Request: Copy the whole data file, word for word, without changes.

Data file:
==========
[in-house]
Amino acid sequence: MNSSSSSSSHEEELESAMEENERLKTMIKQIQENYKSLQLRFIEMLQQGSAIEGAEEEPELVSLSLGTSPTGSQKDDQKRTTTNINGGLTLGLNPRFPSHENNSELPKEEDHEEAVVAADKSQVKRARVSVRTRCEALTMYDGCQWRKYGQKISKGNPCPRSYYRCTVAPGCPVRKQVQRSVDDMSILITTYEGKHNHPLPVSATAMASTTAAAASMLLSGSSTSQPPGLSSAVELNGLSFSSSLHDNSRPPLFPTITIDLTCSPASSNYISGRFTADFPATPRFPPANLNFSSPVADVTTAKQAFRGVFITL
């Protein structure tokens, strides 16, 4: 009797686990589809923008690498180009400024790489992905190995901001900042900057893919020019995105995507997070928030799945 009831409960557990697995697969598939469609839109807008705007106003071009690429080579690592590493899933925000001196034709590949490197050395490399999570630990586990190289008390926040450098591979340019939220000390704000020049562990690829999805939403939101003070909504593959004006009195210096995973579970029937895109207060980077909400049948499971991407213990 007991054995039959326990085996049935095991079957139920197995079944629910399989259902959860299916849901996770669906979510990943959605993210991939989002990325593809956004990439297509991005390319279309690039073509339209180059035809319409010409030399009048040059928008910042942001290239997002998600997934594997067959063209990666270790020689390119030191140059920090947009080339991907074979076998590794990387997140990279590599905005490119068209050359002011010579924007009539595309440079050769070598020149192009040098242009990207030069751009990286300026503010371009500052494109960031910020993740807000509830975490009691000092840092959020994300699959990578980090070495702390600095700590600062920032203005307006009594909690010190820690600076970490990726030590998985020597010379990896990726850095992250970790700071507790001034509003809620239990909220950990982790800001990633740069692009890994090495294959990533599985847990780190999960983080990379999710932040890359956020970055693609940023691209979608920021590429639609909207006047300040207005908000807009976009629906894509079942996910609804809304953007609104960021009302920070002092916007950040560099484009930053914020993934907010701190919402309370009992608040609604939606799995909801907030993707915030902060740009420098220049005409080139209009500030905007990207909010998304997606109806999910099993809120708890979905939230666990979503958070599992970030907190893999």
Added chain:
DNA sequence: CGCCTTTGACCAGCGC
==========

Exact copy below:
[in-house]
Amino acid sequence: MNSSSSSSSHEEELESAMEENERLKTMIKQIQENYKSLQLRFIEMLQQGSAIEGAEEEPELVSLSLGTSPTGSQKDDQKRTTTNINGGLTLGLNPRFPSHENNSELPKEEDHEEAVVAADKSQVKRARVSVRTRCEALTMYDGCQWRKYGQKISKGNPCPRSYYRCTVAPGCPVRKQVQRSVDDMSILITTYEGKHNHPLPVSATAMASTTAAAASMLLSGSSTSQPPGLSSAVELNGLSFSSSLHDNSRPPLFPTITIDLTCSPASSNYISGRFTADFPATPRFPPANLNFSSPVADVTTAKQAFRGVFITL
């Protein structure tokens, strides 16, 4: 009797686990589809923008690498180009400024790489992905190995901001900042900057893919020019995105995507997070928030799945 009831409960557990697995697969598939469609839109807008705007106003071009690429080579690592590493899933925000001196034709590949490197050395490399999570630990586990190289008390926040450098591979340019939220000390704000020049562990690829999805939403939101003070909504593959004006009195210096995973579970029937895109207060980077909400049948499971991407213990 007991054995039959326990085996049935095991079957139920197995079944629910399989259902959860299916849901996770669906979510990943959605993210991939989002990325593809956004990439297509991005390319279309690039073509339209180059035809319409010409030399009048040059928008910042942001290239997002998600997934594997067959063209990666270790020689390119030191140059920090947009080339991907074979076998590794990387997140990279590599905005490119068209050359002011010579924007009539595309440079050769070598020149192009040098242009990207030069751009990286300026503010371009500052494109960031910020993740807000509830975490009691000092840092959020994300699959990578980090070495702390600095700590600062920032203005307006009594909690010190820690600076970490990726030590998985020597010379990896990726850095992250970790700071507790001034509003809620239990909220950990982790800001990633740069692009890994090495294959990533599985847990780190999960983080990379999710932040890359956020970055693609940023691209979608920021590429639609909207006047300040207005908000807009976009629906894509079942996910609804809304953007609104960021009302920070002092916007950040560099484009930053914020993934907010701190919402309370009992608040609604939606799995909801907030993707915030902060740009420098220049005409080139209009500030905007990207909010998304997606109806999910099993809120708890979905939230666990979503958070599992970030907190893999």
Added chain:
DNA sequence: CGCCTTTGACCAGCGC